“We are the heroes of the nation and we don’t fear death, ya Allah, ya Allah. I and she and she, ya Abu Tuk, stand heroic,” the well-known Iraqi singer Hossam al-Rassam sings in a clip he created especially in honor of the Iraqi protesters. The clip, which quickly went viral, has now become the unofficial anthem of the civil uprising in Iraq. With more than 1.5 million views, it recalls the videos and songs that came out during the Arab Spring in Egypt, Tunisia and Syria.
The tuk, an amalgam of a motorcycle, taxi and pickup, has garnered accolades in Iraq. As it has replaced ambulances, of which there aren’t enough in the country to transport the thousands of injured protesters and the dead from the bleeding streets to hospitals and clinics. Courageous drivers risk their lives to pick up the wounded together with protesters and drive from street to street, dodging the bullets of the Iraqi army and the Shi’ite militias targeting the protesters with live fire.
For over a month now, Iraqi youth have been flooding the streets, staging sit-down strikes in front of government buildings, throwing stones at soldiers, and demanding regime change. Like in other countries, graffiti artists, street singers and poster designers are also playing an inseparable and important part in encouraging the uprising.
Near Tahrir Square in the heart of Baghdad, protesters took over a 14-story building called “the Turkish Restaurant,” named after a restaurant in this luxury office building in the early 1980s, and of which now only a skeleton remains after it was bombed in the second Gulf war. It’s from here that they lead the struggle. The building has now been dubbed “Mount Uhud,” after the site of a battle fought by Muslim warriors at the time of the prophet Mohammed against the Quraish tribe, which refused to accept Islam. This distant history has returned to fuel the anger and the actions of the protest movement in Iraq. It is difficult to see when and how this will end.
Hundreds of young people living in the building, which overlooks Republic Bridge which connects the two parts of Baghdad, and Tahrir Square, climb it via a dangerous, narrow staircase with no railings, one at a time in each direction. They get their food and bottles of water in packages from their supporters who tie them to ropes to be hoisted up from the ground. There’s no electricity or running water in this ghost of a building, surrounded by scaffolding that could fall at any minute. There is concern that some of the rooms are exposed to radiation from uranium bombs in the previous war. But at least there, they are protected from army snipers and tear gas lobbed at the crowds in the streets below.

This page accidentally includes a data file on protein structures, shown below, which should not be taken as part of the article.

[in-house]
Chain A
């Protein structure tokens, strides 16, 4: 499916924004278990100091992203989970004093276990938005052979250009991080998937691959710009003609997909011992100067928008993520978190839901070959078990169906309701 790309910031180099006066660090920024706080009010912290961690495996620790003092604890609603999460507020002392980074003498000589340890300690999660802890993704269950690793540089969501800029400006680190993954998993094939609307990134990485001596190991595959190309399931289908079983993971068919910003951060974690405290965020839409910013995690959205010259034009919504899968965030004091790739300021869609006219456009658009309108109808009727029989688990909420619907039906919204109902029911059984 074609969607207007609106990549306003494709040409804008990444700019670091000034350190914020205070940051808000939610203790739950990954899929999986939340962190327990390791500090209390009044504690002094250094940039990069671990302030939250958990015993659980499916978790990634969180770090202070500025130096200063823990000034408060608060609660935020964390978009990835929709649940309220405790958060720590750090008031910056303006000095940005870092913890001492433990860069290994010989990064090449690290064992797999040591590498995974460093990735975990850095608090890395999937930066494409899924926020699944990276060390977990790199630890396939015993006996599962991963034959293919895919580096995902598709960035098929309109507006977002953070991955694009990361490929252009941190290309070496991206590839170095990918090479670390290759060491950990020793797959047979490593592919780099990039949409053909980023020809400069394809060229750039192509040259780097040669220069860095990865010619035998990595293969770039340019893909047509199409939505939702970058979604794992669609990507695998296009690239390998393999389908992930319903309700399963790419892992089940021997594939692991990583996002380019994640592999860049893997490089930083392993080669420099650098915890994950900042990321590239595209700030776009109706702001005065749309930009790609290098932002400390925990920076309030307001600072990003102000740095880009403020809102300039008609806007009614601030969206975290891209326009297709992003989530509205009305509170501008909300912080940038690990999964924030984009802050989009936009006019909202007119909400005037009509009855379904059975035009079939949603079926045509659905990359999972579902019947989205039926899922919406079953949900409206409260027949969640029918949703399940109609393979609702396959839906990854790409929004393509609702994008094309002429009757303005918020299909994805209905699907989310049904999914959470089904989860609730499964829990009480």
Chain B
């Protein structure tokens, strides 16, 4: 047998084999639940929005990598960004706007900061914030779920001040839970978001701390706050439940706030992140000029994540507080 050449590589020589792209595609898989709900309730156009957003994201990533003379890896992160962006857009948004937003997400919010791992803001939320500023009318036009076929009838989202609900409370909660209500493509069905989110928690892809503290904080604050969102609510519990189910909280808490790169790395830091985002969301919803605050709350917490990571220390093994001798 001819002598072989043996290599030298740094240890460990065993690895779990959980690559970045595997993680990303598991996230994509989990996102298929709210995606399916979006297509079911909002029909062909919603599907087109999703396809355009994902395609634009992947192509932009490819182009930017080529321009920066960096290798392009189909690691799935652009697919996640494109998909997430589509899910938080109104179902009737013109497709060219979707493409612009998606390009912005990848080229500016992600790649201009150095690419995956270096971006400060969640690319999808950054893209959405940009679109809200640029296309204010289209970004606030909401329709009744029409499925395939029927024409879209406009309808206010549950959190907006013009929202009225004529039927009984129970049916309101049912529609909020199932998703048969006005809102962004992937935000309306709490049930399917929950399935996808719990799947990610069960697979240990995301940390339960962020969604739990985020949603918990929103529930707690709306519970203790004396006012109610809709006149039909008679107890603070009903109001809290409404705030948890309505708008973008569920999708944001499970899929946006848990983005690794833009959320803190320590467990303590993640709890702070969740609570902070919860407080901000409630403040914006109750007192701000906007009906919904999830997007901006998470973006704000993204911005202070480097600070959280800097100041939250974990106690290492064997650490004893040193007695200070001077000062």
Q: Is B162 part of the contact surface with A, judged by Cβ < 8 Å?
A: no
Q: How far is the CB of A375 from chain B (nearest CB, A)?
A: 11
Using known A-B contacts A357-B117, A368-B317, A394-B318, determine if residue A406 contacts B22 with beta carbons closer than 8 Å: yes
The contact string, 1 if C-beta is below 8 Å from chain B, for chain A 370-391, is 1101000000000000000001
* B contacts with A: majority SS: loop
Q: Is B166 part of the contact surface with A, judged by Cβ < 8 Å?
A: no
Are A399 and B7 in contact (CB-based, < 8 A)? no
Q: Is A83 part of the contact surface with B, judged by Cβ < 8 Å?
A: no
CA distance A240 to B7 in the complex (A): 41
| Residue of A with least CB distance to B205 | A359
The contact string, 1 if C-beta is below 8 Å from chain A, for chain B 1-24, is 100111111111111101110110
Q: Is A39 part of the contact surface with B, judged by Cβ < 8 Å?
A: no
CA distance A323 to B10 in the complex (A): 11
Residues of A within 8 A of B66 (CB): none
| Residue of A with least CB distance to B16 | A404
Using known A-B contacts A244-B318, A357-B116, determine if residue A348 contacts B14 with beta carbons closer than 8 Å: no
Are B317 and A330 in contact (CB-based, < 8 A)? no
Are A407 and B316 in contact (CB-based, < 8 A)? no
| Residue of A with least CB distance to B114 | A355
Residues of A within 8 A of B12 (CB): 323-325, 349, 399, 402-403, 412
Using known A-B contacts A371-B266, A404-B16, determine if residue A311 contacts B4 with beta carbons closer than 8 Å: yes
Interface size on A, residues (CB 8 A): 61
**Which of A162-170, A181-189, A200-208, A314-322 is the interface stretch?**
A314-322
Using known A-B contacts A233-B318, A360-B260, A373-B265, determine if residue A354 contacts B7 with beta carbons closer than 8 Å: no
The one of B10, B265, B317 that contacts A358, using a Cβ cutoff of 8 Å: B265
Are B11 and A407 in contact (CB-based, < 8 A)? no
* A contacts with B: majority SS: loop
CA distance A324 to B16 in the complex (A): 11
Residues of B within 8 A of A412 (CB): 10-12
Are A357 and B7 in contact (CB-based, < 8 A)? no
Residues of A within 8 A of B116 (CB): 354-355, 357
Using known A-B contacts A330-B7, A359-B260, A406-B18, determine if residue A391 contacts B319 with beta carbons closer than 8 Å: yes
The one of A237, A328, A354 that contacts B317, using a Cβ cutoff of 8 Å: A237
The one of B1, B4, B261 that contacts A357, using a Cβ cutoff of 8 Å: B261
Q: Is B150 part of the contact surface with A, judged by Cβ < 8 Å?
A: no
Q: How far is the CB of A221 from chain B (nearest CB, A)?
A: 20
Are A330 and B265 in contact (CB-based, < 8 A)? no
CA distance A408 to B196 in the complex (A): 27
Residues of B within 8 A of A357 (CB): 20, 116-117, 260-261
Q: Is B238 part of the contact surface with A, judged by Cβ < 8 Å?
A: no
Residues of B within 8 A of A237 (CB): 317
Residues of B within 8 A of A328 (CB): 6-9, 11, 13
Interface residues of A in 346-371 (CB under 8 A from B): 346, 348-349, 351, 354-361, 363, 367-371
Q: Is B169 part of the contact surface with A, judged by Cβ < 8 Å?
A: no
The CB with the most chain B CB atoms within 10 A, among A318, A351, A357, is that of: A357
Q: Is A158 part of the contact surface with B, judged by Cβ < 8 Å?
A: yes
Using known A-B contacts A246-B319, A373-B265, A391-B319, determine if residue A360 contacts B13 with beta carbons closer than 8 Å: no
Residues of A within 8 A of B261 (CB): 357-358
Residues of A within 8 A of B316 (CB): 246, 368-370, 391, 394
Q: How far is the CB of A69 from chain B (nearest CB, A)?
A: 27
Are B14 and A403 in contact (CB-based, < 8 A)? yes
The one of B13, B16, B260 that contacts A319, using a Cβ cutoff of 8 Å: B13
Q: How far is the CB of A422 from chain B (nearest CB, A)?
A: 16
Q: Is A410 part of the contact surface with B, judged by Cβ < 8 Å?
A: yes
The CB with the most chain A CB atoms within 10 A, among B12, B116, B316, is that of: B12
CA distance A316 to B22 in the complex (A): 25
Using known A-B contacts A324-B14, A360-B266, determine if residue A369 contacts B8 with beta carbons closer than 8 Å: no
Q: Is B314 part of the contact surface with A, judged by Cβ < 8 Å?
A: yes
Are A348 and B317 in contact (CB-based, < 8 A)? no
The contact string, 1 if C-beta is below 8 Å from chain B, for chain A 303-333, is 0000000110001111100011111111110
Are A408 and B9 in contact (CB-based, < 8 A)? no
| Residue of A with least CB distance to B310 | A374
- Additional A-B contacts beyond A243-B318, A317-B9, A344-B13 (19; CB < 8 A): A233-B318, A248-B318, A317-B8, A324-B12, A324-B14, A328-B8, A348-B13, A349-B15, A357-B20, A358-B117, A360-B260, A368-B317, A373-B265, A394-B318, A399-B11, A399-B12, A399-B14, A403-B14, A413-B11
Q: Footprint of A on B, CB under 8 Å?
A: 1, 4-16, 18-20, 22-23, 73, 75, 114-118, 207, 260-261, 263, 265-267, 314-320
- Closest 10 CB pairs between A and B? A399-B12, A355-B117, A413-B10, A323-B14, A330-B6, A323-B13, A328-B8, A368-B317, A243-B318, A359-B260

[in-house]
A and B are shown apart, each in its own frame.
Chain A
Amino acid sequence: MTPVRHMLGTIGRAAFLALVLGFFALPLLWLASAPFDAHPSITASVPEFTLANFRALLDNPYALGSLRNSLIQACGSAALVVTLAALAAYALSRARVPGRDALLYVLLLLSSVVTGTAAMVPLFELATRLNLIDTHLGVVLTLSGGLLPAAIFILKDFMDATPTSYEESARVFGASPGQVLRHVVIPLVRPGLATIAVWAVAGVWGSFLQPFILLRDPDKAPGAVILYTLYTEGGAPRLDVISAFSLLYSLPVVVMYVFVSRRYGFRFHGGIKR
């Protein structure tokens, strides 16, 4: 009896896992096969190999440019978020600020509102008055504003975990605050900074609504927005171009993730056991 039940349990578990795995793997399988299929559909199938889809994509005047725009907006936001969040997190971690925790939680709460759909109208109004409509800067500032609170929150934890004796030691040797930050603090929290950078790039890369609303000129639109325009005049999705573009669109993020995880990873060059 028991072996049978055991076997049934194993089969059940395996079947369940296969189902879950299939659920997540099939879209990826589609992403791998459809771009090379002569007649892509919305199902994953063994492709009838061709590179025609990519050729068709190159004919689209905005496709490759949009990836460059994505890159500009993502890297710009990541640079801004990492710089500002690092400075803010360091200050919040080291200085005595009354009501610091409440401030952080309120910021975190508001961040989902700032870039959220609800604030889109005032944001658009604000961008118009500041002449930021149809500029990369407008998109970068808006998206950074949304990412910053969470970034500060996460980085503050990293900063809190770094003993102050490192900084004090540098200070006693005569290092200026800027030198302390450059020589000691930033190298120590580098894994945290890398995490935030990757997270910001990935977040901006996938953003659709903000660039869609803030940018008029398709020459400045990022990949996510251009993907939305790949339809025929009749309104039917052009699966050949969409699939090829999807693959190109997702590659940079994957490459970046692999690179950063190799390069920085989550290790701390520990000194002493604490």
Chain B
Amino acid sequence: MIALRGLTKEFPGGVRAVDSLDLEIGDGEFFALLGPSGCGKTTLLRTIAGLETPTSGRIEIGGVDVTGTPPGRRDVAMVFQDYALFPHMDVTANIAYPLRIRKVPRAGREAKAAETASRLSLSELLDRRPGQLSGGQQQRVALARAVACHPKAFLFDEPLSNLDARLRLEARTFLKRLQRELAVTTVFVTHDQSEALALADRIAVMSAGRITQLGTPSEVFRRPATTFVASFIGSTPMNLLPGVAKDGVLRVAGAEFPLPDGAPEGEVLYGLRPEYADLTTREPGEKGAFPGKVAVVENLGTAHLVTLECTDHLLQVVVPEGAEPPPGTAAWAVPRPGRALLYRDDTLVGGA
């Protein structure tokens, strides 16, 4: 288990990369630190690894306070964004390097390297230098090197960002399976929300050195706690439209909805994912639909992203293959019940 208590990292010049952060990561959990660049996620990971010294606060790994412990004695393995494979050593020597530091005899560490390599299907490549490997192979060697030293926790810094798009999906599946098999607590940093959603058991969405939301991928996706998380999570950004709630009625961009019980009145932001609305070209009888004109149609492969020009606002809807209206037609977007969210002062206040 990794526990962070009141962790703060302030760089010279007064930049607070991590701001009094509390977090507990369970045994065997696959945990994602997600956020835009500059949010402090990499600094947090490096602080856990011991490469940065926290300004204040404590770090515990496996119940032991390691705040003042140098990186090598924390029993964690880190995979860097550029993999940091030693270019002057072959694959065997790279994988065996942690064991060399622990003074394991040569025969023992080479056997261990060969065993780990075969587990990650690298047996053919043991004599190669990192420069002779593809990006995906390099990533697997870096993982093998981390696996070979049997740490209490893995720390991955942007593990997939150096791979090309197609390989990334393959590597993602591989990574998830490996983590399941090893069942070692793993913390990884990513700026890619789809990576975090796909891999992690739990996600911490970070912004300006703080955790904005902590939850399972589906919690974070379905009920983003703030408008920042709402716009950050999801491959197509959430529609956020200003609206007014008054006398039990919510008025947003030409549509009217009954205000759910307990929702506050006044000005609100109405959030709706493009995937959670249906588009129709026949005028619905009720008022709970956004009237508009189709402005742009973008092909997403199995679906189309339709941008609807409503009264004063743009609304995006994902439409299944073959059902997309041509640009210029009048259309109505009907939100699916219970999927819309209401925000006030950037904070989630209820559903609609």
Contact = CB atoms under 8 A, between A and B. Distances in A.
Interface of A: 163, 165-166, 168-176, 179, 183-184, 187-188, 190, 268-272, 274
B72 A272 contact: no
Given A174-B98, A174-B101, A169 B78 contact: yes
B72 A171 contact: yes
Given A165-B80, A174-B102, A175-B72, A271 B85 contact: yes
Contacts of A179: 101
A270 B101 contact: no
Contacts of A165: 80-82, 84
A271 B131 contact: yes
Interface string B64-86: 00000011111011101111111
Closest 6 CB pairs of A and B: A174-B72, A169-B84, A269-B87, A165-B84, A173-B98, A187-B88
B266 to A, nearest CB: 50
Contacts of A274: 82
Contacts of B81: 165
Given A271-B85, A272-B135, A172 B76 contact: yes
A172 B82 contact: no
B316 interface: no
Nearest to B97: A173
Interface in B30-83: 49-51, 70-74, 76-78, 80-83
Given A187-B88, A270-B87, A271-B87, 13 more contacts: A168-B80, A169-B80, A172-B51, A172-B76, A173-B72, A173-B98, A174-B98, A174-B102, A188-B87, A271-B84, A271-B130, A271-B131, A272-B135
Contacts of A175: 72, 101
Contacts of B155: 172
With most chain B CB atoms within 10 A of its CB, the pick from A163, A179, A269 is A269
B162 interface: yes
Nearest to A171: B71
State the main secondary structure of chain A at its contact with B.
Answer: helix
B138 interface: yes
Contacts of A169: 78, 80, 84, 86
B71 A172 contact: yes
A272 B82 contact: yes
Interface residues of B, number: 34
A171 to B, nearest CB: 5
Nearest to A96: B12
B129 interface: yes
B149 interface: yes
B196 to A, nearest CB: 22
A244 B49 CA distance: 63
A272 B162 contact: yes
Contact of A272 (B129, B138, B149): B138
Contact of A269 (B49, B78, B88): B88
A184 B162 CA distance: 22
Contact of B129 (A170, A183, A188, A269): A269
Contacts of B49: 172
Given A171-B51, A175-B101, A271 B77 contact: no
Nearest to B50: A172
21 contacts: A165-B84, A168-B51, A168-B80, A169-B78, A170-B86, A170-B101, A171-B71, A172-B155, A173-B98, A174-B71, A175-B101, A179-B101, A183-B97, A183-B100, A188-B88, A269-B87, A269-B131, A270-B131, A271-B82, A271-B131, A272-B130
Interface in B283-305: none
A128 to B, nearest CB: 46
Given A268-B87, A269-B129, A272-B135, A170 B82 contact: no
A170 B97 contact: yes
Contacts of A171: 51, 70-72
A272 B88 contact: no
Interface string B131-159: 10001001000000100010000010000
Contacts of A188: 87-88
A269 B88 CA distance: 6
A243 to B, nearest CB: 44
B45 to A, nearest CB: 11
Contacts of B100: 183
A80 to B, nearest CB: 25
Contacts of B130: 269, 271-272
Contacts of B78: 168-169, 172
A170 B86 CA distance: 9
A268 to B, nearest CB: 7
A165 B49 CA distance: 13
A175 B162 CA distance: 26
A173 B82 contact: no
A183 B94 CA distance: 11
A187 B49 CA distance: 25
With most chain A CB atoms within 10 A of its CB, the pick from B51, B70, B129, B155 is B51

Their weapons are slingshots, from which they fling stones pried from the walls at the security forces. These are young people with nothing to lose. Most of them have been unemployed for months. Some of them are university graduates who have joined the sorry statistics of people living below the poverty line who can’t make a living, purchase an apartment or start a modest business.
The country with such huge potential for wealth and some of the largest oil reserves on earth has bled billions of dollars into private pockets of the well connected. Senior ruling party officials, contractors who received small fortunes for projects that were never built, and army commanders who lied about the number of soldiers in their units just to sweep their salaries into their own pockets.
In the streets leading to Tahrir Square, the young people are busy painting graffiti on the walls, some with simple slogans calling to bring down the regime alongside beautiful pictures in which the tuk tuk stars. Iraqi women artists were photographed next to a huge wall painting showing figures fighting the security forces. Women art students, physicians and medical students make the rounds of the protesters to take care of the injured.
One of these women, Dr. Saba Mahdawi, has already become a symbol of the uprising after she was abducted by unknown assailants on her way back home from Tahrir Square. Her picture was posted to social media showing her wearing a striped blouse, a kaffiyieh, a surgical mask to protect her from the tear gas, and making a V for victory sign with both hands.
Mahdawi is not the only one to have been abducted or disappeared. Reports in Iraq tell of dozens of people whose families don’t know where they were taken or even whether they are alive or dead. Now, another wave of protest has been launched by those families, to demand that their relatives be found, and the release of thousands of detainees swept up during the demonstrations.
Do these protesters have a chance of achieving their goals? In 2012–2013, the stormy protests against the government lasted for a year. But they were mainly by Sunnis, a minority that constitutes about a third of Iraq’s population. The government, which is controlled by Shi’ites and the army, put down the protests, and some 200 people were killed.
According to Iraqi media reports, this time, the Sunni population is not taking part in the demonstrations, mainly because of their frustration and a sense of uselessness they carry as a result of that bout. But perhaps precisely because the protest this time is by Shi’ites and focuses on Baghdad and the south of the country, it could achieve more meaningful results.
The criticism and protest by some against Iran, the anger at the Shi’ite militias and the fact that the disenfranchised group comes from the Shi’ite majority might persuade the government that this time it should listen to them.
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